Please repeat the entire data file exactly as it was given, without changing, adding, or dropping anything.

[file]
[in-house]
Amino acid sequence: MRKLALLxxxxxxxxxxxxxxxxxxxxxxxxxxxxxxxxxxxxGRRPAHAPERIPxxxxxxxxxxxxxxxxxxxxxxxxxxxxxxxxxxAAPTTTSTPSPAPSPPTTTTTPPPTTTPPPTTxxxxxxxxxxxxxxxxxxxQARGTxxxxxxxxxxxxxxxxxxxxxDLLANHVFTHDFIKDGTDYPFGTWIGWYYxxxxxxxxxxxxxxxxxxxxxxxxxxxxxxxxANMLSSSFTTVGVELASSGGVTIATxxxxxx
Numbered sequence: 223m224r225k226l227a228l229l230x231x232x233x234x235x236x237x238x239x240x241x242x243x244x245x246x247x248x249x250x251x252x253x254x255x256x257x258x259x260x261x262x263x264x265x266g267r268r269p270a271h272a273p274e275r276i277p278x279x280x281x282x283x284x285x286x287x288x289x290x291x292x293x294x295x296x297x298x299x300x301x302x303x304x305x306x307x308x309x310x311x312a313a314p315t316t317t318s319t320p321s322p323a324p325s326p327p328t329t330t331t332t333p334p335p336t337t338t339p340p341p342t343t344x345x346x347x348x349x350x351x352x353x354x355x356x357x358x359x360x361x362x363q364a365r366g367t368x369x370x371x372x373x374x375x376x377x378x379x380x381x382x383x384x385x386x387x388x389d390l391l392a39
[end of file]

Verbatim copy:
[in-house]
Amino acid sequence: MRKLALLxxxxxxxxxxxxxxxxxxxxxxxxxxxxxxxxxxxxGRRPAHAPERIPxxxxxxxxxxxxxxxxxxxxxxxxxxxxxxxxxxAAPTTTSTPSPAPSPPTTTTTPPPTTTPPPTTxxxxxxxxxxxxxxxxxxxQARGTxxxxxxxxxxxxxxxxxxxxxDLLANHVFTHDFIKDGTDYPFGTWIGWYYxxxxxxxxxxxxxxxxxxxxxxxxxxxxxxxxANMLSSSFTTVGVELASSGGVTIATxxxxxx
Numbered sequence: 223m224r225k226l227a228l229l230x231x232x233x234x235x236x237x238x239x240x241x242x243x244x245x246x247x248x249x250x251x252x253x254x255x256x257x258x259x260x261x262x263x264x265x266g267r268r269p270a271h272a273p274e275r276i277p278x279x280x281x282x283x284x285x286x287x288x289x290x291x292x293x294x295x296x297x298x299x300x301x302x303x304x305x306x307x308x309x310x311x312a313a314p315t316t317t318s319t320p321s322p323a324p325s326p327p328t329t330t331t332t333p334p335p336t337t338t339p340p341p342t343t344x345x346x347x348x349x350x351x352x353x354x355x356x357x358x359x360x361x362x363q364a365r366g367t368x369x370x371x372x373x374x375x376x377x378x379x380x381x382x383x384x385x386x387x388x389d390l391l392a39